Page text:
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Cannella, Gray, Denham keep their seats
Beekman remains as Hughsons mayor
Adam Gray
State Assemblyman Adam Gray, D-Merced, was re-elected last week. - photo by Contributed to the Courier

All the incumbents of local state offices were confirmed by the voters in Tuesday's general election.

State Senator Anthony Cannella, R-Ceres, handily fended off a challenge by Shawn K. Bagley, a Monterey Democrat, in the District 12 Senate contest. Cannella collected 66,794 votes, or 61.5 percent, to Bagley's 41,777 votes (38.5 percent).

In a hotly contested race for state Assembly, incumbent Adam Gray held onto his 21st Assembly District seat with 33,336 votes, or 53 percent. He outdistanced Republican Merced businessman Jack Mobley who received the support of 29,509 voters, or 47 percent.

Congressman Jeff Denham will return to Washington, D.C., after beating Turlock beekeeper Michael Eggman in the 10th Congressional District race. Denham, a Turlock Republican who was first elected in 2009, received 62,750 votes (56.4 percent) to Eggman's 48,510 votes (43.6 percent).

Matt Beekman, who was uncontested in the Hughson mayor's race, received 1,109 votes with 176 voters who decided not to weigh in, probably since he was a shoo-in. Joining him on the Hughson City Council will be incumbent George Carr who amassed 803 votes (40.9 percent) and appointed incumbent Harold "Bud" Hill with 715 votes (36.29 percent). Challenger Billy Gonzales was disappointed with a third-place finish at 429 votes (21.78 percent).

Turlock elected a new mayor in Gary Soiseth over Mike Brem. Turlock voters also slayed a proposal to adopt a road tax.

Voters in Hughson and Keyes who are in the state Assembly District 12, weighed in on whether to keep Modesto Republican Kristin Olsen or replace her with Harinder Grewal of Keyes, an agricultural export specialist and CSUS economics lecturer. Olsen's popularity was evident in the lopsided victory over Grewal. Olsen collected 54,865 votes (67.1 percent) over Grewal's 26,873 votes (32.9 percent).

State Senator Tom Berryhill, who is currently in District 8 but running in the newly created District 8, won in his election against Paulina Miranda, a Democrat. Berryhill grew up in Ceres. Berryhill clobbered Miranda in a 66.7 percent to 33.3 percent outcome with Berryhill receiving 133,900 votes to Miranda's 66,936. The new Senate district will be vast in geography and while including Hughson, Turlock, Oakdale and Waterford, will also stretch from Rancho Cordova and Mammoth Lakes all the way down to Death Valley and Bishop.

In the governor's race, Jerry Brown was re-elected with 3,842,237 votes over Republican Neel Kashkari with 2,629,389 votes.

The race for lieutenant governor was much tighter for incumbent Gavin Newsom. He collected 3,598,204 votes (56.6 percent) over Republican Ron Nehring who received 43.4 percent of the vote (2,759,269 votes).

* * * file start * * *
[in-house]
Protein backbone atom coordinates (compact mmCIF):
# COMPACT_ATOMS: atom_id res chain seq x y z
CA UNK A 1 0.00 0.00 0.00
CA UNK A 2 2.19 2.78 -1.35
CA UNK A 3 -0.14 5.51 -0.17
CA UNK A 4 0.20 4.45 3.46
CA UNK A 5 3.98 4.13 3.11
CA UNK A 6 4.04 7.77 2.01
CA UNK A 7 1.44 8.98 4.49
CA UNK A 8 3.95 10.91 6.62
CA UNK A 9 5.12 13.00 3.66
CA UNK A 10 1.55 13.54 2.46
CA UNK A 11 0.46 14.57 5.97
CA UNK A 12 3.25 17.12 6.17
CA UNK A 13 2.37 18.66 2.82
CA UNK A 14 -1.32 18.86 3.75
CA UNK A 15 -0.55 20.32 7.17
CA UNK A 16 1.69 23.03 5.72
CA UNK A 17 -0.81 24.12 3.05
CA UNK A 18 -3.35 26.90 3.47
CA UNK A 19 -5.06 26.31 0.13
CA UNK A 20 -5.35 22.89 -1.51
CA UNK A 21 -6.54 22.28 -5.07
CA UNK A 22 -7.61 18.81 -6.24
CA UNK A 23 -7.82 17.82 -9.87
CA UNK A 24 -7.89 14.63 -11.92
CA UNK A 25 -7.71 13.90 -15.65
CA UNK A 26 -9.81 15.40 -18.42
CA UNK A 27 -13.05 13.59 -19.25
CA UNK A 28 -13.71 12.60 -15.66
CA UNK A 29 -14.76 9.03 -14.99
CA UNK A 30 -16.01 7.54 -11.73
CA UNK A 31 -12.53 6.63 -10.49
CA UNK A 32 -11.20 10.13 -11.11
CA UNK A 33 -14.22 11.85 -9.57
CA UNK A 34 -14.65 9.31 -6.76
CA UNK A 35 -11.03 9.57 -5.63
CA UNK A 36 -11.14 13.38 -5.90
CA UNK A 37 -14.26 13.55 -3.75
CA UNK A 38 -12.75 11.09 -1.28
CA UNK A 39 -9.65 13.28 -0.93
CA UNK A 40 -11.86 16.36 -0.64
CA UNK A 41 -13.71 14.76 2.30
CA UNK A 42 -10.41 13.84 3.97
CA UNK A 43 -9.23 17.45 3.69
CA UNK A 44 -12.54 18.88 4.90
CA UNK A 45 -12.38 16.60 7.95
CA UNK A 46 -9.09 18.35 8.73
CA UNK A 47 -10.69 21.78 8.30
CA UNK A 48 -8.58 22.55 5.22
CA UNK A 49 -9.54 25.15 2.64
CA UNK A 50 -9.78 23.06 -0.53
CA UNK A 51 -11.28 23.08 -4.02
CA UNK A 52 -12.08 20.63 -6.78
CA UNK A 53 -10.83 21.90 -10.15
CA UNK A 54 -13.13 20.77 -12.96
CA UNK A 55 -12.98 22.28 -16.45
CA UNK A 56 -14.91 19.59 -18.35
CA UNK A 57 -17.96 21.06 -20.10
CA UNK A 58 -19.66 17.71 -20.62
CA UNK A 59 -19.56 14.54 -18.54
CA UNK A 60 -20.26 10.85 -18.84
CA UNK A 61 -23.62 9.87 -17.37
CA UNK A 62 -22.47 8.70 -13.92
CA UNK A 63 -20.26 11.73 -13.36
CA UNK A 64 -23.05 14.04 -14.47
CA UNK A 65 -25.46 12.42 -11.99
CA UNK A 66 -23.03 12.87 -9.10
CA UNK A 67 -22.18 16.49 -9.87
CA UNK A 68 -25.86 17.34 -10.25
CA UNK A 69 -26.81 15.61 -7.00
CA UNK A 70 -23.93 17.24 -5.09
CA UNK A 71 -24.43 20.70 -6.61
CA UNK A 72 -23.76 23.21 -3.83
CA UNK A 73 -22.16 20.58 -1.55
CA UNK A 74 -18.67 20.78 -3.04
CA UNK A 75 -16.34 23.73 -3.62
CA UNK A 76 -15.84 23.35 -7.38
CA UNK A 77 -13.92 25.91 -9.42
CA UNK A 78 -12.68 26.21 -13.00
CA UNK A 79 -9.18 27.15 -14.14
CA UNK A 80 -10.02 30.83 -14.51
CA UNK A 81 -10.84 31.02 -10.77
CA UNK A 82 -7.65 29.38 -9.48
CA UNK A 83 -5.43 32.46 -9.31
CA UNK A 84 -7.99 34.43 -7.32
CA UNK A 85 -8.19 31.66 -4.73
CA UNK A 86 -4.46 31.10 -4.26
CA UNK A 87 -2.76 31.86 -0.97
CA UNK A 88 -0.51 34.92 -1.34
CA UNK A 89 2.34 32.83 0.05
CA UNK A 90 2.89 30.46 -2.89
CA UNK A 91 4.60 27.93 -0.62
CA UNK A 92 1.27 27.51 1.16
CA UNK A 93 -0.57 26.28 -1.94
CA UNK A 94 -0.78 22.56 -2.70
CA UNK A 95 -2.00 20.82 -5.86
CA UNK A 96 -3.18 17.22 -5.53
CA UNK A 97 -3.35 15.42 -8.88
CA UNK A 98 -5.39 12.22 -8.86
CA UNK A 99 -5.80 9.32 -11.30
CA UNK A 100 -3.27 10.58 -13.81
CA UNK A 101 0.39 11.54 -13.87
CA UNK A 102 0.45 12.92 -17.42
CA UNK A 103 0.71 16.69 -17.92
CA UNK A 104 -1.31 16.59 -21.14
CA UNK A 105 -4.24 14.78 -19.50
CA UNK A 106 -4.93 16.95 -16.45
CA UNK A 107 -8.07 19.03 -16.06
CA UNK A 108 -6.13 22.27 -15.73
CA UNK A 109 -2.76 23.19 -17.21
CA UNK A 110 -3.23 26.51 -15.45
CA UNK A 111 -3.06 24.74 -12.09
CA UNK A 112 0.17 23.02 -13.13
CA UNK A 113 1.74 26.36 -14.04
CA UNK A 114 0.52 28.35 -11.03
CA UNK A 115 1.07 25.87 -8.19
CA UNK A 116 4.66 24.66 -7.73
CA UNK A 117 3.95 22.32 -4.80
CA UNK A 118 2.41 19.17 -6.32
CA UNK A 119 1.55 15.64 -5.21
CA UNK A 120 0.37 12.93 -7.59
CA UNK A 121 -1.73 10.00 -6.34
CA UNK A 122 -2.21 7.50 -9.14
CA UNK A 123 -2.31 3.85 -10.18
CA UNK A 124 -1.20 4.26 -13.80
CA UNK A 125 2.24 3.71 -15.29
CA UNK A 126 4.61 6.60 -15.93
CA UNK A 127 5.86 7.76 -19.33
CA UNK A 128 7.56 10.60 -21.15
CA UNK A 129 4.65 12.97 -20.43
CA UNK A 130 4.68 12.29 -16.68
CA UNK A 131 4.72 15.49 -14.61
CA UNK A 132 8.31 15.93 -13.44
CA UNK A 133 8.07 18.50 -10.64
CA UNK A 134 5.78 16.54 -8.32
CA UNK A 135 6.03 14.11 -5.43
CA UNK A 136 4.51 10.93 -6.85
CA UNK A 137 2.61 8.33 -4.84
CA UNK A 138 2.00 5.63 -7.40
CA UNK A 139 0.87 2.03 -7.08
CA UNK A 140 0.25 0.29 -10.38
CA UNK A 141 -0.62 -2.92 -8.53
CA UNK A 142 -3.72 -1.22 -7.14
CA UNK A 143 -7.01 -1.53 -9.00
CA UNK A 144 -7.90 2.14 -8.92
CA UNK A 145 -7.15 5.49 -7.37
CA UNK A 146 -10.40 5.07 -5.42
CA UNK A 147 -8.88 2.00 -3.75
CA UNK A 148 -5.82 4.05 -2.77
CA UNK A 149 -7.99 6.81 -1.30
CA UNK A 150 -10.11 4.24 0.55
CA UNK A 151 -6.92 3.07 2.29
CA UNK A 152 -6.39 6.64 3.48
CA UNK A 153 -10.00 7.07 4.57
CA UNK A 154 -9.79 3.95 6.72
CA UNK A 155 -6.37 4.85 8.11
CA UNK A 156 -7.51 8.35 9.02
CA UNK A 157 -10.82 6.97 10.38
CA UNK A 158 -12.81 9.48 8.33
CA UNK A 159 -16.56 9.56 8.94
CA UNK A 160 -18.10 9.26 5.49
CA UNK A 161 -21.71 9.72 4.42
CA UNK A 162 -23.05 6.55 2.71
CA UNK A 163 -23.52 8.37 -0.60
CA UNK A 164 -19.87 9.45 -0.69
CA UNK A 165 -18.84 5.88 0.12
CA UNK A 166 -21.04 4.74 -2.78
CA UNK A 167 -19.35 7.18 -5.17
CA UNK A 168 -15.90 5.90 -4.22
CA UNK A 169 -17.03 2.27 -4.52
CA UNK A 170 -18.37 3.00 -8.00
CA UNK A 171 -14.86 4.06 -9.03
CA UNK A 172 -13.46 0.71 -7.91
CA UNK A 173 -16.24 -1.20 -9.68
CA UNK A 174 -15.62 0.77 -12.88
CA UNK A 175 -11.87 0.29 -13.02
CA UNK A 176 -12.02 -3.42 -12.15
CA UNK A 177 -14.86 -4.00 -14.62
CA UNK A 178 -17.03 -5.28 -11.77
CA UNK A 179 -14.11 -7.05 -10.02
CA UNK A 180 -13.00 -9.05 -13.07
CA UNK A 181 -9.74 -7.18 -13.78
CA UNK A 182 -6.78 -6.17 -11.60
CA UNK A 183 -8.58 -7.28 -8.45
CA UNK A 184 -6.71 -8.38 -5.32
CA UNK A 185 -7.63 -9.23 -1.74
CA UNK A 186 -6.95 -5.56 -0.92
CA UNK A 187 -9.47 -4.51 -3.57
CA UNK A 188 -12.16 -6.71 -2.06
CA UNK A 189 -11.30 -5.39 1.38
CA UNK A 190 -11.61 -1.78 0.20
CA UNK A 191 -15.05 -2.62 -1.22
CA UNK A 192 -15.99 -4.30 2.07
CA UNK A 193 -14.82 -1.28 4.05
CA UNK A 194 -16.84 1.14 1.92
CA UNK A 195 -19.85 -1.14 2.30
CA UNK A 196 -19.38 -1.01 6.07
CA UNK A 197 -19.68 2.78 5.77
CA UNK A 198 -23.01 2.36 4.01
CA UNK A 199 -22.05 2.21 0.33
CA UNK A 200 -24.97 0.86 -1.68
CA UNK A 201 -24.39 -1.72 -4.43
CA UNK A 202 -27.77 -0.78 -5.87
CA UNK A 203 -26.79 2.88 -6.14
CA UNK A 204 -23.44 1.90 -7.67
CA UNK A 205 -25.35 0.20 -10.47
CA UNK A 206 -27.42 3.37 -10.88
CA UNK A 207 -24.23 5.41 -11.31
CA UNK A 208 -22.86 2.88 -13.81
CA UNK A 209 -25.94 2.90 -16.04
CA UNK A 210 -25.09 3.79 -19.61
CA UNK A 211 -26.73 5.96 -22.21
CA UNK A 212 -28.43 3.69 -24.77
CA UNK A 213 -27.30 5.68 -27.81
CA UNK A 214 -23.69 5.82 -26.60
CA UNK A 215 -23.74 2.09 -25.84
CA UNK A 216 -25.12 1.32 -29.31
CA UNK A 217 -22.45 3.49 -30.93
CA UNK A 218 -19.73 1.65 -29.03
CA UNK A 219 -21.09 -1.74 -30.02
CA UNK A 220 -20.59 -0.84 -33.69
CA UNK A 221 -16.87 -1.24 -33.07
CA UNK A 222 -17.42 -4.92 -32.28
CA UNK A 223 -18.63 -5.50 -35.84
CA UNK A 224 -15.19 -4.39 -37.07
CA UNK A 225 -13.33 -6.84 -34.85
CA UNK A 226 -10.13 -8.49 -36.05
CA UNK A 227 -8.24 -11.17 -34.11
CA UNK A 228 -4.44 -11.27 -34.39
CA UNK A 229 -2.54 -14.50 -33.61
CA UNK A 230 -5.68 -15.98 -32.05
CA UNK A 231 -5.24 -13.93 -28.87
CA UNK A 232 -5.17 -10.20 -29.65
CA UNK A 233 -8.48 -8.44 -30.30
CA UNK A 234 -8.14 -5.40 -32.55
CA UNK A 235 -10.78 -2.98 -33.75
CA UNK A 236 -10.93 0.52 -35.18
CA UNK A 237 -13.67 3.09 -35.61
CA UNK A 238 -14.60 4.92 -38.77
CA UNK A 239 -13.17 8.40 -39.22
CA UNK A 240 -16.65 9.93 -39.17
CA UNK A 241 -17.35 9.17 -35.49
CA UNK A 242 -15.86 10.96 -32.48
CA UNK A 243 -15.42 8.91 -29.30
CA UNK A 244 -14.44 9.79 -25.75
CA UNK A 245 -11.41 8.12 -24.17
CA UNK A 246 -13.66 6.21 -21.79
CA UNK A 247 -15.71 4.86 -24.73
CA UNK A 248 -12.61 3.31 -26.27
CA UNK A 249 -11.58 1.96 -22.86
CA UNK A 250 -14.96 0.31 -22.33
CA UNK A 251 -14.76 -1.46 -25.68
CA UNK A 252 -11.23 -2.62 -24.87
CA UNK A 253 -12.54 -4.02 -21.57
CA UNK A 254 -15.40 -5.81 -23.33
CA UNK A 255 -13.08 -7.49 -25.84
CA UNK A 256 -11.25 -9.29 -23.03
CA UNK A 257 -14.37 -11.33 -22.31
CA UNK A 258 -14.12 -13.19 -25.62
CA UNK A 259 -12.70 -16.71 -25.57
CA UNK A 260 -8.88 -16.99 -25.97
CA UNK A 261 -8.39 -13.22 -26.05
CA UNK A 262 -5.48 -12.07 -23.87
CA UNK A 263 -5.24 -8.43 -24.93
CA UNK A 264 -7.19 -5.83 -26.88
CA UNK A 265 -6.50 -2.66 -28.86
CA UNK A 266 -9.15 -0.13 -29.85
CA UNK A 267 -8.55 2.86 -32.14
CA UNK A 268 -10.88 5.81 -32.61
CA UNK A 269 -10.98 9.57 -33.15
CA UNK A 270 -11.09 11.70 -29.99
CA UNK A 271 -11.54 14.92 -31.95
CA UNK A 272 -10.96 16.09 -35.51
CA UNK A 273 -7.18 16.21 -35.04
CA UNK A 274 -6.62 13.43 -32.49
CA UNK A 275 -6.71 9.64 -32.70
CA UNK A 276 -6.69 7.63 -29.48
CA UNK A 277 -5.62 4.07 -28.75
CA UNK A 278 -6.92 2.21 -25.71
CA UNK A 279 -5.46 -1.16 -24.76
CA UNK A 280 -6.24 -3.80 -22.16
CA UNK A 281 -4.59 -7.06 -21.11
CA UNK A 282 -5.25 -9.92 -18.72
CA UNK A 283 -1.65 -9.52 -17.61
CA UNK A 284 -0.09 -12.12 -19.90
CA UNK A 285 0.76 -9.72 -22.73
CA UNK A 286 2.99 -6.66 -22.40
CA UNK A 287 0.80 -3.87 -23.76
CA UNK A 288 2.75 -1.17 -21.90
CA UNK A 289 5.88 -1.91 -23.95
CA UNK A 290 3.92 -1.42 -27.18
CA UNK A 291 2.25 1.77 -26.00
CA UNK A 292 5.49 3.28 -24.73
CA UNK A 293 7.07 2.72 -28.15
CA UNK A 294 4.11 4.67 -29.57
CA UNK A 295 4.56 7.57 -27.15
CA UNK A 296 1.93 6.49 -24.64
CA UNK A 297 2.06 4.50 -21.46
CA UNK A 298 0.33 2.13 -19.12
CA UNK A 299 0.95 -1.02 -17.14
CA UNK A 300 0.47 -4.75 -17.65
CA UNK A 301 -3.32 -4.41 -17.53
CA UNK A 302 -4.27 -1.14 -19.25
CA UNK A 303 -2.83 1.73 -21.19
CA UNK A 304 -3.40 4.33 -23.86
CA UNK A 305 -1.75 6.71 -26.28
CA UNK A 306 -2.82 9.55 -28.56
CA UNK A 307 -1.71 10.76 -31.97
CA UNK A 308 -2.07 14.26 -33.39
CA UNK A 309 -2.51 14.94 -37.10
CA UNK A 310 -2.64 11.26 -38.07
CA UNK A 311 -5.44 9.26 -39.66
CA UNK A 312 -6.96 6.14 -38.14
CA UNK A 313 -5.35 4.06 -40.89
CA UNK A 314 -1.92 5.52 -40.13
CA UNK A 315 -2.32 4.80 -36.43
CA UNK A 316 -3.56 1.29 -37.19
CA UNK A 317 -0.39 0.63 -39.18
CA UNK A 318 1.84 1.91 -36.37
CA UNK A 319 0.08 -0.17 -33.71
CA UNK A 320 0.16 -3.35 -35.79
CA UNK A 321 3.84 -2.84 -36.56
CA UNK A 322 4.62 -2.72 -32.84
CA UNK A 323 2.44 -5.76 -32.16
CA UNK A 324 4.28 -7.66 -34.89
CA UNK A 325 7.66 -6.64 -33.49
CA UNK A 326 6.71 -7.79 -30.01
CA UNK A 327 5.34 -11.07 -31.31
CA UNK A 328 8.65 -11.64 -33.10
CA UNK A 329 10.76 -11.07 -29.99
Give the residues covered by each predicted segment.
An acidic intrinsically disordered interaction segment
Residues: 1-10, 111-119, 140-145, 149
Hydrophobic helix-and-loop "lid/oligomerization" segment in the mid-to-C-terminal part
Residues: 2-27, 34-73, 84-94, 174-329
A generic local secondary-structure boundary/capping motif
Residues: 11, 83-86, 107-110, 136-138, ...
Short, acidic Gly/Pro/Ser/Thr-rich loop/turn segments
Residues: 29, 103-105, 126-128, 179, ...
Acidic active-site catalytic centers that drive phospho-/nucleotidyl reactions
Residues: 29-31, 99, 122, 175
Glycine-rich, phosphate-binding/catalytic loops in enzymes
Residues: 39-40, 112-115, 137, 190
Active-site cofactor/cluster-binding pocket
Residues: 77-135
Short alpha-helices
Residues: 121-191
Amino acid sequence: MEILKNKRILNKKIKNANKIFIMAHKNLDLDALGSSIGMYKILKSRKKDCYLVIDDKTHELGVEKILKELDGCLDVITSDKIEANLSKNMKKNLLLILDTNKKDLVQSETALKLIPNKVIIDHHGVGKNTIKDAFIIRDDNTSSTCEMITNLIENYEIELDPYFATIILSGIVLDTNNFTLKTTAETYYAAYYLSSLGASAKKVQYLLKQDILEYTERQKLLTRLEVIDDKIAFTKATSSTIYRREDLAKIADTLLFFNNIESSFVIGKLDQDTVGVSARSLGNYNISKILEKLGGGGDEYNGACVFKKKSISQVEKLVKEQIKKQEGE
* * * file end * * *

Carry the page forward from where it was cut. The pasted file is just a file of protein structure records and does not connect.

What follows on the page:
In the Secretary of State race, Democratic state senator Alex Padilla won with 3,321,494 votes (53.0 percent) over Pete Peterson, a Republican who is the executive director of the Davenport Institute. Peterson amassed 2,947,172 votes for 47.0 percent of the vote.

San Francisco Democrat Betty Yee, a member of the state Board of Equalization, was sent to the office of state controller with 3,334,146 votes (53.4 percent) over Ashley Swearengin, the Republican mayor of Fresno, who collected 2,913,347 votes (46.6percent).

Current state controller John Chiang won his bid for the office of state treasurer against Greg Conlon, a Republican CPA. Chiang received 3,663,779 votes (58.3 percent) over Conlon's 2,621,696 (41.7 percent).

California State Attorney General Kamala Harris, a Democrat, handily defeated Republican Ronald Gold, a former deputy attorney general. Harris collected 3,593,787 votes (56.9 percent) to Gold's 2,722,511 votes (43.1 percent).

In the state insurance commissioner race, Democrat Dave Jones won with 3,539,704 votes (57.0 percent), over Republican Ted Gaines who collected 2,675,157 votes (43.0 percent).

State Superintendent of Public Instruction Tom Torlakson, who visited Ceres High School this year, won over challenger Marshall Tuck. Torlakson received 2,809,170 votes (52.2 percent) over Tuck's 2,575,934 count (47.8 percent).

Republican George Runner, the incumbent sitting in the District 1 Board of Equalization seat, was re-elected over Democrat Chris Parker. Runner collected 852,728 votes (58.5 percent) over Parker's 605,673 votes (41.5 percent).

State voters also backed California State Supreme Court justices Kathryn Mickle Werdegar, Goodwin Liu and Mariano-Florentino Cuellar.

California voters also passed Prop. 1, the water bond measure, by a margin of 67.2 percent to 32.9 percent. They also liked Prop. 2, the State Budget Stabilization Account, by a bigger margin of 69.2 percent to 30.8 percent.

Voters struck down Propositions 45 and 46 that would have changed insurance regulations. Prop. 45 was denied by a margin of 40.7 percent to 59.3 percent. Prop. 46, was defeated by a margin of 32.8 percent to 67.2 percent.

State voters approved Prop. 47 which will declassify some crimes as misdemeanors and result in less court activity. The measure was condemned by Stanislaus County Sheriff Adam Christianson who said it will let up to 10,000 felons out of prison and decreasing penalties for crimes like gun theft, possession of date rape drugs, and identity theft. The measure passed statewide 59.0 percent to 41.0 percent.

Indian gaming's Prop. 48 failed by a margin of 39 percent to 61 percent. It would have allowed the North Folk Rancheria of Mono Indians to build a new casino just north of Fresno.